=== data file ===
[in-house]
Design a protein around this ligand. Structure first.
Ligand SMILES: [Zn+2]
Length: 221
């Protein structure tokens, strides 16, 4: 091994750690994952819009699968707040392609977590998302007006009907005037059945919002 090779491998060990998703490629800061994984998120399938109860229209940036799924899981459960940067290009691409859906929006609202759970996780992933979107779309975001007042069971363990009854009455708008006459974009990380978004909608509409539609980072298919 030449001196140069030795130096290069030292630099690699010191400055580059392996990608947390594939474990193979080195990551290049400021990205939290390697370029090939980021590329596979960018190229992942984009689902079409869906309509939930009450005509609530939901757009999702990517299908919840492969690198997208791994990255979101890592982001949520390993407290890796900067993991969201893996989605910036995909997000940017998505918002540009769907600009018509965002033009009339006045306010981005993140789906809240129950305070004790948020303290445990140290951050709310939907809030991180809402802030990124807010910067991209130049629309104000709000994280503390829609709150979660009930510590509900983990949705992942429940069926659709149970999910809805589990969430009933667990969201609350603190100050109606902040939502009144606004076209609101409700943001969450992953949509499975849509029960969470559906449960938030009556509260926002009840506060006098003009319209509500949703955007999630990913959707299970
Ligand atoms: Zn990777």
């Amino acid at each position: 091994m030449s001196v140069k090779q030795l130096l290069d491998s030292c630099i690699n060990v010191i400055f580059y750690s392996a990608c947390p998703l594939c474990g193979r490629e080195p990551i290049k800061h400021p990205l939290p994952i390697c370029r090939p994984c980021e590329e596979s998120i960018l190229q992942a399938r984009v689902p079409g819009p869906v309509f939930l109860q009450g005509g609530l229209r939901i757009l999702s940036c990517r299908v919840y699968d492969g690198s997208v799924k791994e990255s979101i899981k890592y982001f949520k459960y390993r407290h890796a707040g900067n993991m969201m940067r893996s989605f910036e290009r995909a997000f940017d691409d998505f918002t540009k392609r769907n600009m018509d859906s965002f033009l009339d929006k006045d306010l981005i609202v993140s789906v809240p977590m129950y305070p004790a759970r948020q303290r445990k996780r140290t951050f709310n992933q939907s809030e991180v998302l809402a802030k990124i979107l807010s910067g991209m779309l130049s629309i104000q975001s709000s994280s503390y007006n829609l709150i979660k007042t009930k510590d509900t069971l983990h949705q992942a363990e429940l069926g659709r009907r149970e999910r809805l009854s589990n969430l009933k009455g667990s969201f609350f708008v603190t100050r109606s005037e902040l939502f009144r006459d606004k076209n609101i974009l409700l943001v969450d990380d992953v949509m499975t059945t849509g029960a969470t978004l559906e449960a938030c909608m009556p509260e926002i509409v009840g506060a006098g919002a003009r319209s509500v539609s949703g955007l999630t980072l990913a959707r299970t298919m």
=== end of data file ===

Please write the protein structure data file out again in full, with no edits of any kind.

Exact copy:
[in-house]
Design a protein around this ligand. Structure first.
Ligand SMILES: [Zn+2]
Length: 221
């Protein structure tokens, strides 16, 4: 091994750690994952819009699968707040392609977590998302007006009907005037059945919002 090779491998060990998703490629800061994984998120399938109860229209940036799924899981459960940067290009691409859906929006609202759970996780992933979107779309975001007042069971363990009854009455708008006459974009990380978004909608509409539609980072298919 030449001196140069030795130096290069030292630099690699010191400055580059392996990608947390594939474990193979080195990551290049400021990205939290390697370029090939980021590329596979960018190229992942984009689902079409869906309509939930009450005509609530939901757009999702990517299908919840492969690198997208791994990255979101890592982001949520390993407290890796900067993991969201893996989605910036995909997000940017998505918002540009769907600009018509965002033009009339006045306010981005993140789906809240129950305070004790948020303290445990140290951050709310939907809030991180809402802030990124807010910067991209130049629309104000709000994280503390829609709150979660009930510590509900983990949705992942429940069926659709149970999910809805589990969430009933667990969201609350603190100050109606902040939502009144606004076209609101409700943001969450992953949509499975849509029960969470559906449960938030009556509260926002009840506060006098003009319209509500949703955007999630990913959707299970
Ligand atoms: Zn990777």
């Amino acid at each position: 091994m030449s001196v140069k090779q030795l130096l290069d491998s030292c630099i690699n060990v010191i400055f580059y750690s392996a990608c947390p998703l594939c474990g193979r490629e080195p990551i290049k800061h400021p990205l939290p994952i390697c370029r090939p994984c980021e590329e596979s998120i960018l190229q992942a399938r984009v689902p079409g819009p869906v309509f939930l109860q009450g005509g609530l229209r939901i757009l999702s940036c990517r299908v919840y699968d492969g690198s997208v799924k791994e990255s979101i899981k890592y982001f949520k459960y390993r407290h890796a707040g900067n993991m969201m940067r893996s989605f910036e290009r995909a997000f940017d691409d998505f918002t540009k392609r769907n600009m018509d859906s965002f033009l009339d929006k006045d306010l981005i609202v993140s789906v809240p977590m129950y305070p004790a759970r948020q303290r445990k996780r140290t951050f709310n992933q939907s809030e991180v998302l809402a802030k990124i979107l807010s910067g991209m779309l130049s629309i104000q975001s709000s994280s503390y007006n829609l709150i979660k007042t009930k510590d509900t069971l983990h949705q992942a363990e429940l069926g659709r009907r149970e999910r809805l009854s589990n969430l009933k009455g667990s969201f609350f708008v603190t100050r109606s005037e902040l939502f009144r006459d606004k076209n609101i974009l409700l943001v969450d990380d992953v949509m499975t059945t849509g029960a969470t978004l559906e449960a938030c909608m009556p509260e926002i509409v009840g506060a006098g919002a003009r319209s509500v539609s949703g955007l999630t980072l990913a959707r299970t298919m």